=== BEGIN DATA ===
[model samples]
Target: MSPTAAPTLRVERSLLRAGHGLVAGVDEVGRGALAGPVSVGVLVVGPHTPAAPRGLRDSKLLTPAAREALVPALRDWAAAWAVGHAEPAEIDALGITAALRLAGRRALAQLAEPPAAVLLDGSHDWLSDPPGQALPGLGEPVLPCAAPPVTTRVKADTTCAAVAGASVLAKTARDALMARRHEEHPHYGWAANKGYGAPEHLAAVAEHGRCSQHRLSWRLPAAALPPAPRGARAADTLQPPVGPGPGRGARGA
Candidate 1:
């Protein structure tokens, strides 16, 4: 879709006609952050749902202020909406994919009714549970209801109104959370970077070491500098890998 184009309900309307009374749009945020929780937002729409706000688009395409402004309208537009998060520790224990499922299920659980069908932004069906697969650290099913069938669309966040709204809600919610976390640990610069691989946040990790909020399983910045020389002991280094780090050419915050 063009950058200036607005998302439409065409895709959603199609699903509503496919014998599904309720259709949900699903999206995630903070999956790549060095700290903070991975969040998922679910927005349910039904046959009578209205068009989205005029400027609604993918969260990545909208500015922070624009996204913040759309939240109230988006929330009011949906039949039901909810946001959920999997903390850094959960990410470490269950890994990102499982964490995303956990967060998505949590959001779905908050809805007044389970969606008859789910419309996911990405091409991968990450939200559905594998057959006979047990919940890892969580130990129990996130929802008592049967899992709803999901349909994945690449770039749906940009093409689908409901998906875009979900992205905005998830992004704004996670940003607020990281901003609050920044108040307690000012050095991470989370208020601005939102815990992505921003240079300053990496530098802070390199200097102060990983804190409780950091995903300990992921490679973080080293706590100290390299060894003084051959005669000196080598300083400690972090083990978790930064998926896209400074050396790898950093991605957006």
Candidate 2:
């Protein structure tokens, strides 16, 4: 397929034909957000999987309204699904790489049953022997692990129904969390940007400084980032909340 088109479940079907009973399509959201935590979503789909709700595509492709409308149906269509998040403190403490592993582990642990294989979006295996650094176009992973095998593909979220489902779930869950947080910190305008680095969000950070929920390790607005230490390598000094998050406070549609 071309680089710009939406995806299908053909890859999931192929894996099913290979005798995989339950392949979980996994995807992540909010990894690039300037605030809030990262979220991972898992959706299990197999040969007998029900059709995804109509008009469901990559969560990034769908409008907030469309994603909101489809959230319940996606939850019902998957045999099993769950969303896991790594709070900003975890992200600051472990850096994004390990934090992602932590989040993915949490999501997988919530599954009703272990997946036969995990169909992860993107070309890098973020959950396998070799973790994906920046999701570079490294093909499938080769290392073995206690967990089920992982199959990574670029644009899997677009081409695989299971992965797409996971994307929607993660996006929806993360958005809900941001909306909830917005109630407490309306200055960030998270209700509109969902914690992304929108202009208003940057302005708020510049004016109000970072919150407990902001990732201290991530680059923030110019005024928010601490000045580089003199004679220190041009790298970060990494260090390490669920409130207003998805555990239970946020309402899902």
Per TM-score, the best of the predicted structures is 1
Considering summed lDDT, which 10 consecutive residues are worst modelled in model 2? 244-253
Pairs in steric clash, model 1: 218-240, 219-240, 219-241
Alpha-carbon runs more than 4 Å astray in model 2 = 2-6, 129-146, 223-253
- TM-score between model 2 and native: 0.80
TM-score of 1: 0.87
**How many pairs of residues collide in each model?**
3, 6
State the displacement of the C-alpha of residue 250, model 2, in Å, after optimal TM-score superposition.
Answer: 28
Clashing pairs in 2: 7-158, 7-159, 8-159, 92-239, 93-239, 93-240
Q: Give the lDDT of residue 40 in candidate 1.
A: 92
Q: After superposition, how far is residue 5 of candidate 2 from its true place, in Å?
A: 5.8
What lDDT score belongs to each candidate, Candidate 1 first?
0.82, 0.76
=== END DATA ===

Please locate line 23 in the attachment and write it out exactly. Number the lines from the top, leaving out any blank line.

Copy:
0.82, 0.76